China Must Reform Hong Kong Election Rules, Carrie Lam Says
(Bloomberg) -- Hong Kong’s leader said it is “crystal clear” that Beijing needs to reform the financial hub’s electoral system, just a day after China’s top official for the city signaled major changes were coming.
Chief Executive Carrie Lam said political unrest in the former British colony, including massive protests in 2019, had forced Beijing to ensure the city is governed by patriotic officials.
“It is crystal clear we have reached a stage where the central authorities will have to take action to address the situation, including electoral reform,” Lam said at a press conference Tuesday morning. “I can understand that the central authorities are very concerned. They don’t want the situation to deteriorate further.”
Beijing’s top official for the city said on Monday that China faces the “critical and urgent” task of overhauling the way Hong Kong handles its elections. Beijing needed to implement reforms “to ensure that Hong Kong’s governance is firmly controlled by patriots,” Xia Baolong, director of China’s cabinet-level Hong Kong and Macau Affairs Office, said.
Speaking to the Chinese Association of Hong Kong and Macau Studies, Xia said that to improve Hong Kong’s electoral system, “relevant legal loopholes within the framework of the Constitution and the Basic Law” need to be closed -- and that it was up to the central government to communicate those changes to the local administration.
His remarks followed a number of articles and comments in Chinese state media, and are the latest sign that China is contemplating further curbs to Hong Kong’s already-limited democracy, where a committee of business and political elites selects the city’s leader and Beijing retains veto power.
Beijing intends to limit the influence of opposition groups on the 1,200-member body that picks the chief executive, taking seats from pro-democracy politicians and assigning them to pro-China loyalists, the Wall Street Journal reported Monday, citing people familiar with the proposal. The changes would pass during an annual session of China’s legislature in March, the report said.
Chinese Foreign Ministry spokesman Wang Wenbin declined to comment on “speculative reports” during a press briefing in Beijing on Tuesday. Individuals in Hong Kong’s government should be patriots, he added.
Beijing is considering eliminating the 117 Election Committee seats held by district councilors, many of them members of the pro-democracy camp, local media outlets reported. Those officials are elected to run some of the lowest levels of Hong Kong’s government, typically dealing with issues such as traffic or garbage collection.
Pro-democracy politicians made some inroads on the committee with a landslide victory in district council elections in late 2019, increasing their share of seats. That influence was eroded when the government delayed a Legislative Council election in September last year that could have seen democracy advocates score another win. Their sway was further diminished when opposition lawmakers were disqualified and then resigned en masse late last year.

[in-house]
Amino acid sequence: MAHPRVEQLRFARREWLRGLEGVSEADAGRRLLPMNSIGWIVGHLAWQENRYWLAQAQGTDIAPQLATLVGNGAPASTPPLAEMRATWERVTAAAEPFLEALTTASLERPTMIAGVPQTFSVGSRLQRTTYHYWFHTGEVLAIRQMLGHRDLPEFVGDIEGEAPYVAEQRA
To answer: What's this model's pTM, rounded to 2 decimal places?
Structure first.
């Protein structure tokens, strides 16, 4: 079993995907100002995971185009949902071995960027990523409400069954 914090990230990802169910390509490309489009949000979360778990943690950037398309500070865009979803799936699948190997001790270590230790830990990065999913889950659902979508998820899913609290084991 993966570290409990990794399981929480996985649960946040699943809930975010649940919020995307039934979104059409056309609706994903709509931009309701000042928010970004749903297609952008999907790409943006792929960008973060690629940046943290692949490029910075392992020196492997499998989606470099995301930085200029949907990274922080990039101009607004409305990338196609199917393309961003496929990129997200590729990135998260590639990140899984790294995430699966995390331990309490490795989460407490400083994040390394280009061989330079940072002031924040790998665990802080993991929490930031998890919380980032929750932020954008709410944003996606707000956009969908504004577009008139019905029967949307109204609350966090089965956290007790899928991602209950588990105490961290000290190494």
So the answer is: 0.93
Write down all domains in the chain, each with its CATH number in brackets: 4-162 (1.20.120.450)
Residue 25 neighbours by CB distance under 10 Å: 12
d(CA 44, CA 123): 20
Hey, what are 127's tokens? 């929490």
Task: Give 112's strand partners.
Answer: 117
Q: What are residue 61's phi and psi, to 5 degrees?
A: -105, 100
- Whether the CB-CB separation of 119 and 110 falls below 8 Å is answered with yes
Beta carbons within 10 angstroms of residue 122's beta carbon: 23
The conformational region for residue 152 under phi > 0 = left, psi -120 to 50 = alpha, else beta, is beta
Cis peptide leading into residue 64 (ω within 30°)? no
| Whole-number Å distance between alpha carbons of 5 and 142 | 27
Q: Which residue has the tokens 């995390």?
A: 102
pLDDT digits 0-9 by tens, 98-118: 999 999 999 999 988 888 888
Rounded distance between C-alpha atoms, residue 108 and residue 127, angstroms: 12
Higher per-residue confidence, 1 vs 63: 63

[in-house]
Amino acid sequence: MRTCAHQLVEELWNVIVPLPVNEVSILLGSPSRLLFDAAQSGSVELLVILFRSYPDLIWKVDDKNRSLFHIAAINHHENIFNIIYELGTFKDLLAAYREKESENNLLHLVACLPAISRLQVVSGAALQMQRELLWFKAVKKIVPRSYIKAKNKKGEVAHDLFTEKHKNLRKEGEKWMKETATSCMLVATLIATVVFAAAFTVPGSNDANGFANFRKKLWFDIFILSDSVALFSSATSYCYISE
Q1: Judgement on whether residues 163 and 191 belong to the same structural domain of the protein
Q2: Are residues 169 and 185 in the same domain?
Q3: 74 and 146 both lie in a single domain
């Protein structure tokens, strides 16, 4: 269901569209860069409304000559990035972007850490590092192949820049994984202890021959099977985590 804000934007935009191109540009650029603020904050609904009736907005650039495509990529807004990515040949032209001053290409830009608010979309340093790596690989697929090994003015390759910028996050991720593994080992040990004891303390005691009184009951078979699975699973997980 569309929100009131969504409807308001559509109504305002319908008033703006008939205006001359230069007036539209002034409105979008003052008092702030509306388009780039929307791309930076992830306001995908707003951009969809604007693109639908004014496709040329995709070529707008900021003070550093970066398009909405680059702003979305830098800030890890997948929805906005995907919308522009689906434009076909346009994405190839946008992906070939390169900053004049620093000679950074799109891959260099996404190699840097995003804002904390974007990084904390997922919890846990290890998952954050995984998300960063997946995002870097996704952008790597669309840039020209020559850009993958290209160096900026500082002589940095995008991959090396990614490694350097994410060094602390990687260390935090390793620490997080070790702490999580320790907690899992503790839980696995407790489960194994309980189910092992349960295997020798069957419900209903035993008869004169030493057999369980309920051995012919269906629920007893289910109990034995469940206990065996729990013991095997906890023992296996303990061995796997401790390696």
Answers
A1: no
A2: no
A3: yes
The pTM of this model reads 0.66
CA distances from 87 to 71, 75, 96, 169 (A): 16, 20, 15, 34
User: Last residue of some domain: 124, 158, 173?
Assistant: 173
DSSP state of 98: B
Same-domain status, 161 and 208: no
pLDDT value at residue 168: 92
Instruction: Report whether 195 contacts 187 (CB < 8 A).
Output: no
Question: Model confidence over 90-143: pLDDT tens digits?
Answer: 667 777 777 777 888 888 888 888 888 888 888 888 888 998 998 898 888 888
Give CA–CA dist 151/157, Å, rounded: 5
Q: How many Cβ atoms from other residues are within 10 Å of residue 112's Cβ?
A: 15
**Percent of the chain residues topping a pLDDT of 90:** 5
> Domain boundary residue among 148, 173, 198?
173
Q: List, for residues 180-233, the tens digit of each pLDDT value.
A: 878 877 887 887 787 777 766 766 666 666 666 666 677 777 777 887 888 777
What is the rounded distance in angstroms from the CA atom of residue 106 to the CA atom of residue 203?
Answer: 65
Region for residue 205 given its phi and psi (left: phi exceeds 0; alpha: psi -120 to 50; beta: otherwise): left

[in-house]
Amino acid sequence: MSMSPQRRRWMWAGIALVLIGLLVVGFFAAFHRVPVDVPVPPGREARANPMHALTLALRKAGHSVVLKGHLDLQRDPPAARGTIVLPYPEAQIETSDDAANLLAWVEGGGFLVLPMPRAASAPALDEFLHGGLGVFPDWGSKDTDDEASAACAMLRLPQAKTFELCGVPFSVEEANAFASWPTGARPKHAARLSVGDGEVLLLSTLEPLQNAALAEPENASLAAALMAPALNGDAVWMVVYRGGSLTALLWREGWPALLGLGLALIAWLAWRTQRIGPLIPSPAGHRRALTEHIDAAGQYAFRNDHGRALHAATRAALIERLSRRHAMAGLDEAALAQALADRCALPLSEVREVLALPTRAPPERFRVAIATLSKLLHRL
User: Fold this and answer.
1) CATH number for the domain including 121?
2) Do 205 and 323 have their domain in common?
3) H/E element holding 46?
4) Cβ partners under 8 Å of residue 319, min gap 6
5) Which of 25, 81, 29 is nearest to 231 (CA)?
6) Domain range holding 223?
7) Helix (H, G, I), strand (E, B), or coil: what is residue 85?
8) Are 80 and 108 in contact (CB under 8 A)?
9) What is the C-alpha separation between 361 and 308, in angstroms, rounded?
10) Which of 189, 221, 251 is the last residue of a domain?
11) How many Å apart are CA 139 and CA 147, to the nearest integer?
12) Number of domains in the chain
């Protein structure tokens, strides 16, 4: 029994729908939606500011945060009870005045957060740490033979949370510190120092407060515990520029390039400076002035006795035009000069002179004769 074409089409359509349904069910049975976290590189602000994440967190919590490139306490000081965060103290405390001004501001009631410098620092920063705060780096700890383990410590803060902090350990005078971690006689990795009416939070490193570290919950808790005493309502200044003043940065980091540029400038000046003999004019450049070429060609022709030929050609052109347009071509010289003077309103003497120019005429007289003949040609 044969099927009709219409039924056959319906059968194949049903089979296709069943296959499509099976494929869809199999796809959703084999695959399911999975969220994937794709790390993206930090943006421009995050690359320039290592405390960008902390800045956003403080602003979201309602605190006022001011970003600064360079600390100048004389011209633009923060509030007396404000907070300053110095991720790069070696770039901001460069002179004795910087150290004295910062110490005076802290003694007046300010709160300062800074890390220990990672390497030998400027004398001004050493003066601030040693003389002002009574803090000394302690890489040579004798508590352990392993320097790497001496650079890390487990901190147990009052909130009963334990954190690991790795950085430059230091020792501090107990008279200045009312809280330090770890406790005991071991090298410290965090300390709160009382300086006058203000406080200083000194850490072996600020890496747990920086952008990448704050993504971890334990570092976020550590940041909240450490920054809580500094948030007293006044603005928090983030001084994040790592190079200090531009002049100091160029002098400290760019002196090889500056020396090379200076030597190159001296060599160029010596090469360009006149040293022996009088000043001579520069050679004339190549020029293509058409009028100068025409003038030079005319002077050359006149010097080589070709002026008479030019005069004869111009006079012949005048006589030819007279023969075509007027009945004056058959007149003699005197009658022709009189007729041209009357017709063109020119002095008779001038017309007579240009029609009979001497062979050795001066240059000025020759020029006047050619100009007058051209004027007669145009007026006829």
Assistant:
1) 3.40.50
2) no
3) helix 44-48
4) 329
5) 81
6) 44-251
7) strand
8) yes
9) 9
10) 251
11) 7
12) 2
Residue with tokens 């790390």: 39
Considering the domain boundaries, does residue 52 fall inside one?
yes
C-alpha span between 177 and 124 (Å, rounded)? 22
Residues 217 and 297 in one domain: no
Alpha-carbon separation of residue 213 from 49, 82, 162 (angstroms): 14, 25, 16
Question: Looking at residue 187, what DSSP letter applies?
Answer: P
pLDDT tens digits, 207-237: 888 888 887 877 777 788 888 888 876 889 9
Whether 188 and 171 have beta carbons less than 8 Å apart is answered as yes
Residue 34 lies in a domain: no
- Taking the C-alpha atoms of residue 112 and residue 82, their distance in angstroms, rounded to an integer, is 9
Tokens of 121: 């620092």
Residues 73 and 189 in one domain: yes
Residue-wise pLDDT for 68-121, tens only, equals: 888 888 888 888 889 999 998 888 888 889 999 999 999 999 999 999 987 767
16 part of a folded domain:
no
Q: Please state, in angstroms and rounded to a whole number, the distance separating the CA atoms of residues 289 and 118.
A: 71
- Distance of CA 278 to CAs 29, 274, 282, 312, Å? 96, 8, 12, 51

China has taken various steps to stamp out dissent in the former British colony since the sometimes-violent protests, most notably by imposing a sweeping national security law last year. Beijing also allowed the local government to disqualify lawmakers who were insufficiently patriotic. In comments to Lam in late January, Chinese President Xi Jinping said Hong Kong should be governed by “patriots” in order to ensure the city’s stability following unprecedented unrest in 2019.
Hong Kong plans to change a law so that district councilors must pledge their allegiance to China, Secretary for Constitutional and Mainland Affairs Erick Tsang said at a briefing on Tuesday. Those who do not will be barred from running for office for five years, he said.
Last month Hong Kong asked all civil servants appointed before July 1, 2020, to sign a declaration that they will uphold the city’s laws. Lam told lawmakers earlier this month that district councilors should have to take an oath.
In the past, China “didn’t want to directly intervene at the district level,” said Dongshu Liu, an assistant professor of Chinese politics at City University of Hong Kong. “This current move indicates they are trying to push their control deeper into Hong Kong society.”
Lam added Tuesday that a potential law banning insulting public officials was not at an advanced stage, but many people in her government wanted the legislation. “Many public officers on the front lines in recent years have been intimidated, threatened and insulted in carrying out their duties,” she said.
Local media outlets have reported that the city’s government was considering such a law, which would mark the biggest move to limit freedom of speech in Hong Kong after China imposed a broad national security law last year in the wake of mass demonstrations in 2019.
Lam said in in a news conference on Monday that reforms would not be designed to limit the influence of pro-democracy politicians but that no one in government should engage in unpatriotic activities, such as colluding with foreign powers to subvert China’s central government.
“This need to change the electoral system and arrangements in Hong Kong is for one single purpose, that is to make sure that whoever is governing Hong Kong is patriotic,” she said. “It applies to various aspects of the political structure, including the executive, the legislative, the judiciary, the district councils and the civil service.”
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